02:40 PM
Venkatesh Rao
Venkatesh Rao
Connect Directly

The Enterprise 2.0 Backlog: 100 Ideas

Some of the ideas on this list are quirky, but they'll get your creative juices flowing as you dive into the execution phase of the E2.0 revolution.

76. Encourage employees to do a flash mob in the company cafeteria.

77. Redesign your corporate home page to be as simple as the Google homepage and keep it up for a week. Analyze results and discuss.

78. Suspend all broadcast marketing and advertising in a sales territory and go social-only for a quarter. Compare results to a control territory.

79. Construct a poster showing the source-to-sink how-it-is-made view of your operations and release it publicly.

80. Create an internal currency and a meaningful marketplace around it.

81. Run an exercise similar to Zappos to figure out your internal company culture as your employees see it.

82. Figure out the proportion of new hires in the last year that came via existing employee referrals.

83. Sponsor a programming contest.

84. Send a diverse team from all over your company on a study tour of Asia.

85. Pilot a program at a single facility to create "smart infrastructure" that runs greener, cheaper, and more profitably.

86. Run a photography day asking all employees to use their smartphones to take pictures of things that could be changed or improved around the workplace.

87. Install intranet webcams and monitors at all water coolers.

88. Estimate your company's word-of-mouth sphere of influence by asking only employees to forward a funny YouTube video to friends and family.

89. Inventory all unofficial online communities (such as LinkedIn or Facebook groups, or industry-level bulletin boards) and rank them by value against all official sites.

90. Estimate the death date of your business based on current and planned product lines and innovation portfolio. If your answer is "eternal," you did it wrong.

91. Deliberately and secretly create a minor social media PR mess to test the preparedness of your marketing department.

92. Design and administer a "technology literacy" test for your employees that's relevant to your company and the Internet Age.

93. Charter a scenario analysis team to map out what would happen to your company in the event of an Internet blackout that takes all of your company operations offline.

94. Hire a security firm to create a Stuxnet-style intervention test against your most critical physical infrastructure.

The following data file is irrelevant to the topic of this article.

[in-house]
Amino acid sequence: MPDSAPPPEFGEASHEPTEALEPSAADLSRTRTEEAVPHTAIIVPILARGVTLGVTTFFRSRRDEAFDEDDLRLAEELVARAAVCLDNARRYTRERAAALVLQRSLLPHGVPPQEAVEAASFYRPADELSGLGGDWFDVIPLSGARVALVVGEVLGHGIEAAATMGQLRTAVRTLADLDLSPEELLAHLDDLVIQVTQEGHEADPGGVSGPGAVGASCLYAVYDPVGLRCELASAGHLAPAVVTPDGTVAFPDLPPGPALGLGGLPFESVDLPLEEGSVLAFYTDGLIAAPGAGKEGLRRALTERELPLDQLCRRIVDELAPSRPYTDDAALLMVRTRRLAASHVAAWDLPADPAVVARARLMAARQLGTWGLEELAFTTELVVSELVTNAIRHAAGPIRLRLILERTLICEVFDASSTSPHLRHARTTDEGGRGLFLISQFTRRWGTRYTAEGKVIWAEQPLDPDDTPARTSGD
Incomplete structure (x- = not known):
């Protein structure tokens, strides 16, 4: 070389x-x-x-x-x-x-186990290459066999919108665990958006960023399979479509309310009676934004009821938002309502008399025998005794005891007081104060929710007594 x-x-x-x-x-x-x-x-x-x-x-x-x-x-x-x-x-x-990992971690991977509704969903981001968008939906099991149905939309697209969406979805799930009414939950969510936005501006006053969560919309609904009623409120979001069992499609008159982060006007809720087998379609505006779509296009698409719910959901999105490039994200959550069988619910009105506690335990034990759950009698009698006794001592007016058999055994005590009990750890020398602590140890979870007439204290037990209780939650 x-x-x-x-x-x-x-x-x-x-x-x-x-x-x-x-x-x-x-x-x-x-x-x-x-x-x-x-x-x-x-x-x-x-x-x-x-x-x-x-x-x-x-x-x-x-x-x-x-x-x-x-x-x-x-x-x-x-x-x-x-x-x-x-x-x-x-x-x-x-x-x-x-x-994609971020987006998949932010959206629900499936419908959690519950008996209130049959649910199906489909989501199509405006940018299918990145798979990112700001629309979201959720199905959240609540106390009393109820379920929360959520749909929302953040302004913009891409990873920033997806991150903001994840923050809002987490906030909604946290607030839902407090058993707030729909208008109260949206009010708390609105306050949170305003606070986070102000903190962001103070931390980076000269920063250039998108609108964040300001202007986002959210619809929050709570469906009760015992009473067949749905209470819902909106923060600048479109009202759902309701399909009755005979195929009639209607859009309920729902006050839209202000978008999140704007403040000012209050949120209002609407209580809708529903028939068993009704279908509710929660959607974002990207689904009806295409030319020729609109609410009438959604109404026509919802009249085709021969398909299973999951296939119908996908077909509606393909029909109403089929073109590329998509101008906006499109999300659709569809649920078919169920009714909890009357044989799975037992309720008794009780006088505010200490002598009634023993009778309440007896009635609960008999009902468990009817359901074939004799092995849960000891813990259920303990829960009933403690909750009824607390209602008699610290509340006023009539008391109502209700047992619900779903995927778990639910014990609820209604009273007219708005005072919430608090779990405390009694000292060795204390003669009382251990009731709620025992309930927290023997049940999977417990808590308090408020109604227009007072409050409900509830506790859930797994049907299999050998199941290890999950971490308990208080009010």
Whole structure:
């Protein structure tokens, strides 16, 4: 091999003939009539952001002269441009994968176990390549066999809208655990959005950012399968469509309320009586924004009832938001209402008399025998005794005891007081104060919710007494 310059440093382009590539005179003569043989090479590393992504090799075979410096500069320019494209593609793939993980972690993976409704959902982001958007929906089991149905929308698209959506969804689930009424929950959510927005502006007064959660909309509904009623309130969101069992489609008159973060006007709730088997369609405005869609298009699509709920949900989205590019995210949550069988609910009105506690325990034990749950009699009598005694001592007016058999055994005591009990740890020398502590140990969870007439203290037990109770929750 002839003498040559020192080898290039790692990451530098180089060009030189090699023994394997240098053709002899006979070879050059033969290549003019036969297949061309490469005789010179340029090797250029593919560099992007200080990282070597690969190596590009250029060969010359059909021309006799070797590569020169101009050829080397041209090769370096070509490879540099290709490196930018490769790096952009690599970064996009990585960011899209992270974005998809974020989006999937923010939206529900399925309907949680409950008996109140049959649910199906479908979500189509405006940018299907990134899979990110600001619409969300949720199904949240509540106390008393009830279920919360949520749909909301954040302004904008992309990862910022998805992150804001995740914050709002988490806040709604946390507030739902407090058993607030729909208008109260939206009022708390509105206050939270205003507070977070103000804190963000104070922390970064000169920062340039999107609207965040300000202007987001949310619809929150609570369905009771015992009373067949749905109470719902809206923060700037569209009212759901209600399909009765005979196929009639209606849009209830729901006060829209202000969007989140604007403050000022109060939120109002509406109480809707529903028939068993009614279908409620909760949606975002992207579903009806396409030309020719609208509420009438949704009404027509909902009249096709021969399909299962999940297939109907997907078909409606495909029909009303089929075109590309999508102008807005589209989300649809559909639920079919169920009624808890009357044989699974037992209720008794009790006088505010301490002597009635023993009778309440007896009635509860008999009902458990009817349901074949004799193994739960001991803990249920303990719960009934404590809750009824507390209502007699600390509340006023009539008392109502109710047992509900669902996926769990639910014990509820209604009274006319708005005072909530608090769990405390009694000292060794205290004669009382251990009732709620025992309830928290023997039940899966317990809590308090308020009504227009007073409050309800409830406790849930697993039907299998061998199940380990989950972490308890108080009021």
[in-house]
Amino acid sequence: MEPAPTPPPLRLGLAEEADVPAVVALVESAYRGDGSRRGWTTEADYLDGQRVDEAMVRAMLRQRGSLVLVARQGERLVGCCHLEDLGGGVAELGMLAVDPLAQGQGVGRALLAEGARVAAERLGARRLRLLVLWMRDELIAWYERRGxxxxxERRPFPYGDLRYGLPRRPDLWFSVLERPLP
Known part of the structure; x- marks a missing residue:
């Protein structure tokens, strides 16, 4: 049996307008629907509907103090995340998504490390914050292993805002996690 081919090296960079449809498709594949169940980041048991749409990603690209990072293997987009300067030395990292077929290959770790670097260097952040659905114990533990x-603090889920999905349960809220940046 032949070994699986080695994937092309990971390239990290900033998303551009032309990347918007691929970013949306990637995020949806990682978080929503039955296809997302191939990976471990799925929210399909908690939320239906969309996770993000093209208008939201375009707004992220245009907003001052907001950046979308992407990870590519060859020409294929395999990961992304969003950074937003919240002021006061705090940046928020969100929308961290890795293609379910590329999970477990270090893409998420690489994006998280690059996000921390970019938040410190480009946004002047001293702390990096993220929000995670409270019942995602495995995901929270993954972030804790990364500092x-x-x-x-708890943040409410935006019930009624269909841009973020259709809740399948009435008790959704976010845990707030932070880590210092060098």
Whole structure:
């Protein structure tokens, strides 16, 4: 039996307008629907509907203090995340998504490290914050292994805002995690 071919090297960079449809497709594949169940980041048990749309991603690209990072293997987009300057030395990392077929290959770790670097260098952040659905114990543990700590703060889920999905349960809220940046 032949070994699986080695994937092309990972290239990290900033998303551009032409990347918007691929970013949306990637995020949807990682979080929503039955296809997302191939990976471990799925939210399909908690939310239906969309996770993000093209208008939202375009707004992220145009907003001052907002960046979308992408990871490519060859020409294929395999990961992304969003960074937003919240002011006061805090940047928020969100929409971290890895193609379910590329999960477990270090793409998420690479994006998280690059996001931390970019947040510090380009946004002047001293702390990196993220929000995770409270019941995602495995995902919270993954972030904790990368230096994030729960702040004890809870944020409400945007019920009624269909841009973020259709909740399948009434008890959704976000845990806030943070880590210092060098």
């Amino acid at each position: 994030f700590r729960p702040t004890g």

95. Run a what-if scenario at the C level to gauge preparedness for being a target of an attack by Anonymous or Wikileaks.

96. Offer all employees highly subsidized training in a programming or design skill relevant to your business.

97. Issue a challenge, with a prize, to Silicon Valley to disrupt your business.

98. Cut the amount of paper used by your company in half within a year.

99. Digitize all the archived paper documents in your company within a year.

100. Run a company-wide "work from home" day for all employees who do not need specialized workplace equipment.

Attend Online Marketing Summit 2012 and gather the insights and strategies you need to make the right online marketing choices to deliver the most value for your business. The summit--in Santa Clara, Calif., Oct 22-25--offers four days of inspiration, connections, and practical learning. Register for Online Marketing Summit using code QJBQSA01 and receive a 25% discount on conference passes or a Free Expo Pass.

5 of 5
Comment  | 
Print  | 
More Insights
Newest First  |  Oldest First  |  Threaded View
Deb Donston-Miller
Deb Donston-Miller,
User Rank: Apprentice
7/31/2012 | 8:41:56 PM
re: The Enterprise 2.0 Backlog: 100 Ideas
Your articles have always been so thought-provoking, as is this list! I agree that companies can and should use this as a test to see how far they have come and as a to-do list for making future Enterprise 2.0 progress. It would be interesting to do a survey to see, in general, how companies are doing.

Deb Donston-Miller
Contributing Editor, The BrainYard
The Business of Going Digital
The Business of Going Digital
Digital business isn't about changing code; it's about changing what legacy sales, distribution, customer service, and product groups do in the new digital age. It's about bringing big data analytics, mobile, social, marketing automation, cloud computing, and the app economy together to launch new products and services. We're seeing new titles in this digital revolution, new responsibilities, new business models, and major shifts in technology spending.
Register for InformationWeek Newsletters
White Papers
Current Issue
InformationWeek Tech Digest - August 27, 2014
Who wins in cloud price wars? Short answer: not IT. Enterprises don't want bare-bones IaaS. Providers must focus on support, not undercutting rivals.
Flash Poll
Twitter Feed
InformationWeek Radio
Sponsored Live Streaming Video
Everything You've Been Told About Mobility Is Wrong
Attend this video symposium with Sean Wisdom, Global Director of Mobility Solutions, and learn about how you can harness powerful new products to mobilize your business potential.